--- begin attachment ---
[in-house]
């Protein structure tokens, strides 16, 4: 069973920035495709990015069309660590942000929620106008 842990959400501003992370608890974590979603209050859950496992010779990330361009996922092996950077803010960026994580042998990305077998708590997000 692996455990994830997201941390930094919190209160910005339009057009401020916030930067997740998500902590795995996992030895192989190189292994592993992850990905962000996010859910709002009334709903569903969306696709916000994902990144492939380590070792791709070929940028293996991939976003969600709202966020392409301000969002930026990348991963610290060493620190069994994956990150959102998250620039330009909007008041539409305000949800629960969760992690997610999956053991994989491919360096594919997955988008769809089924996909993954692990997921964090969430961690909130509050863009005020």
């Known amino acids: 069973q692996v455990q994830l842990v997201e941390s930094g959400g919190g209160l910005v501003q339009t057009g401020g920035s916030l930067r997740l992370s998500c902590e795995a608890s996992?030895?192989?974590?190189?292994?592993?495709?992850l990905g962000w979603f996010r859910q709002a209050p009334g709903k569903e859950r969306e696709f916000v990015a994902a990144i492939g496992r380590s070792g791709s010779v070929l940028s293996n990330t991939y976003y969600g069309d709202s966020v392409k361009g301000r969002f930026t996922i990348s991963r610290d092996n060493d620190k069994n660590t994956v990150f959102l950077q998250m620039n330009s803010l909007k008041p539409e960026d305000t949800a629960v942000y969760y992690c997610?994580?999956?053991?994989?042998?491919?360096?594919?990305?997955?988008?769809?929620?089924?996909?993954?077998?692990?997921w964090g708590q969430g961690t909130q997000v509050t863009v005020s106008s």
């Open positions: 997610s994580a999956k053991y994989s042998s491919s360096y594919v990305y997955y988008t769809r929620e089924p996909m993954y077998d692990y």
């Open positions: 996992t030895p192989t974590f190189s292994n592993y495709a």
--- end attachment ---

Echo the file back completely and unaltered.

[in-house]
């Protein structure tokens, strides 16, 4: 069973920035495709990015069309660590942000929620106008 842990959400501003992370608890974590979603209050859950496992010779990330361009996922092996950077803010960026994580042998990305077998708590997000 692996455990994830997201941390930094919190209160910005339009057009401020916030930067997740998500902590795995996992030895192989190189292994592993992850990905962000996010859910709002009334709903569903969306696709916000994902990144492939380590070792791709070929940028293996991939976003969600709202966020392409301000969002930026990348991963610290060493620190069994994956990150959102998250620039330009909007008041539409305000949800629960969760992690997610999956053991994989491919360096594919997955988008769809089924996909993954692990997921964090969430961690909130509050863009005020």
């Known amino acids: 069973q692996v455990q994830l842990v997201e941390s930094g959400g919190g209160l910005v501003q339009t057009g401020g920035s916030l930067r997740l992370s998500c902590e795995a608890s996992?030895?192989?974590?190189?292994?592993?495709?992850l990905g962000w979603f996010r859910q709002a209050p009334g709903k569903e859950r969306e696709f916000v990015a994902a990144i492939g496992r380590s070792g791709s010779v070929l940028s293996n990330t991939y976003y969600g069309d709202s966020v392409k361009g301000r969002f930026t996922i990348s991963r610290d092996n060493d620190k069994n660590t994956v990150f959102l950077q998250m620039n330009s803010l909007k008041p539409e960026d305000t949800a629960v942000y969760y992690c997610?994580?999956?053991?994989?042998?491919?360096?594919?990305?997955?988008?769809?929620?089924?996909?993954?077998?692990?997921w964090g708590q969430g961690t909130q997000v509050t863009v005020s106008s």
């Open positions: 997610s994580a999956k053991y994989s042998s491919s360096y594919v990305y997955y988008t769809r929620e089924p996909m993954y077998d692990y």
């Open positions: 996992t030895p192989t974590f190189s292994n592993y495709a």